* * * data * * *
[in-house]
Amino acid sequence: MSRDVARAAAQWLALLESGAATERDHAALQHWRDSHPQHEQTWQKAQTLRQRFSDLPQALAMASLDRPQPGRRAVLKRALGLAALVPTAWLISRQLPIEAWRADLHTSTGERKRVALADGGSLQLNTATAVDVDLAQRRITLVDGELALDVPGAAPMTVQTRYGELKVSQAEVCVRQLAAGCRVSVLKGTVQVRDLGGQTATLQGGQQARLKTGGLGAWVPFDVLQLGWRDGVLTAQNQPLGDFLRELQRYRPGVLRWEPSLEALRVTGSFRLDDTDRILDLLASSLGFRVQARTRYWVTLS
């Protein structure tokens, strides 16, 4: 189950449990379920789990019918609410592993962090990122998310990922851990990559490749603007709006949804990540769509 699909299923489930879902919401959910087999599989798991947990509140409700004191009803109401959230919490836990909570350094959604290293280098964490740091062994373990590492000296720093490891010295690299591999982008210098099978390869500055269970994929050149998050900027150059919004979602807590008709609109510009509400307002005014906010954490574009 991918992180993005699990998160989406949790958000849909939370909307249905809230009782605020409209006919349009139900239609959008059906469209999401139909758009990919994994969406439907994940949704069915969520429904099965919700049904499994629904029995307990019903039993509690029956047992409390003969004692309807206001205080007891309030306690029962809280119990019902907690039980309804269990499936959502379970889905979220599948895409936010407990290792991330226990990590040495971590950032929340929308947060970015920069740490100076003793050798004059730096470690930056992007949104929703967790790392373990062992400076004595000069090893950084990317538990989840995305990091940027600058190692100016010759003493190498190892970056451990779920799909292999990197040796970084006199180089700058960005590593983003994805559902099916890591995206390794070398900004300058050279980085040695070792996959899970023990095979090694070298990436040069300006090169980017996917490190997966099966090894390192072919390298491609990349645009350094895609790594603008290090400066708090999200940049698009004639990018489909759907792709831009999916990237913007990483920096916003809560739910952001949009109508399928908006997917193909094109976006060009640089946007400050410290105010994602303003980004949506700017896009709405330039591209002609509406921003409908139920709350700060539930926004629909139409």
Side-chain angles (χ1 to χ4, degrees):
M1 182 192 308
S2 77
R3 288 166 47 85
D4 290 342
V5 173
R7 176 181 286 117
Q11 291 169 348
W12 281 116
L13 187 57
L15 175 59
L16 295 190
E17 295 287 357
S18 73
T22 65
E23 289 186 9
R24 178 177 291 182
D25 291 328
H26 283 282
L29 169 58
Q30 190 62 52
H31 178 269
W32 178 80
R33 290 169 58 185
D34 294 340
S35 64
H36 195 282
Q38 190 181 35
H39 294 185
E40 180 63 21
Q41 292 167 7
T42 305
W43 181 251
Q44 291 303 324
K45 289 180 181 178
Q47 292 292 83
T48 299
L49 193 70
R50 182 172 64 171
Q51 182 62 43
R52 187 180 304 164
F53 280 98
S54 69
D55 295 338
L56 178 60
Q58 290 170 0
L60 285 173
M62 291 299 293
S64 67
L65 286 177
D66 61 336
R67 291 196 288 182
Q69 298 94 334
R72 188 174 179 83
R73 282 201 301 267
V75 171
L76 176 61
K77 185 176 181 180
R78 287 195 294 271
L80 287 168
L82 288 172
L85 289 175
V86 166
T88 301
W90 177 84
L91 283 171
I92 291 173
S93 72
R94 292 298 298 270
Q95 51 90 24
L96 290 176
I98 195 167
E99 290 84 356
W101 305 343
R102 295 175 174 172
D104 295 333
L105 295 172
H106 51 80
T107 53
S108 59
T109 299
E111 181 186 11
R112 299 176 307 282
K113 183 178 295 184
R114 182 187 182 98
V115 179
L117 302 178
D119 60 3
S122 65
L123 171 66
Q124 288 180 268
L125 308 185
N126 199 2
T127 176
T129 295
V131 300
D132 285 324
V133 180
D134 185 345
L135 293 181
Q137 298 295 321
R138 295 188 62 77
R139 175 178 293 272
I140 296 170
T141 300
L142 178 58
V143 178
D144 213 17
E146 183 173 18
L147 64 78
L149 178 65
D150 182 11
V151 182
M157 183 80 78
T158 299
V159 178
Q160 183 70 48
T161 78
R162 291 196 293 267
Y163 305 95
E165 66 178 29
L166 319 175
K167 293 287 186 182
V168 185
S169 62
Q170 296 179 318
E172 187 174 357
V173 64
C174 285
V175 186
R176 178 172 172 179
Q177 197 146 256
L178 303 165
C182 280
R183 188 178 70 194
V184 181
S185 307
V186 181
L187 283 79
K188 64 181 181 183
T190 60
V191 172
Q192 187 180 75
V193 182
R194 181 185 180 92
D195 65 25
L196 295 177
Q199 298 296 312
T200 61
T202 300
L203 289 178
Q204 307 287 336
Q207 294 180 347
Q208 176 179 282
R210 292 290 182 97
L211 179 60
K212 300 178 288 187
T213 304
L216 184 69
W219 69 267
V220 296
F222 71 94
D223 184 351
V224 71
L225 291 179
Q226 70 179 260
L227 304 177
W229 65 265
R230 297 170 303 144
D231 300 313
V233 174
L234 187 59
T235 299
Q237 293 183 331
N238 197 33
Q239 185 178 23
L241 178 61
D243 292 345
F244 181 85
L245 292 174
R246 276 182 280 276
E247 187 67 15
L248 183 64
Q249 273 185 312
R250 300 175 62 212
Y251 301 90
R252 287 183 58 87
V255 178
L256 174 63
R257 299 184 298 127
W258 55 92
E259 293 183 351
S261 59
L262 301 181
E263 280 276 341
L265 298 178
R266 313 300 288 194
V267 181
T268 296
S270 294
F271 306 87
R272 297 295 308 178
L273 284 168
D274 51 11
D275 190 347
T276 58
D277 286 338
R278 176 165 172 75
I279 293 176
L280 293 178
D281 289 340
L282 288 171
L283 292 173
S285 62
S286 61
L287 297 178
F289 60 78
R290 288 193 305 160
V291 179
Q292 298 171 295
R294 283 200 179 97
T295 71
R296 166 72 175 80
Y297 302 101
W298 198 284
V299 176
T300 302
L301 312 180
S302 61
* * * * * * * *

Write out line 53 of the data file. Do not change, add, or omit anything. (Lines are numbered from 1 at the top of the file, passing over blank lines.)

L65 286 177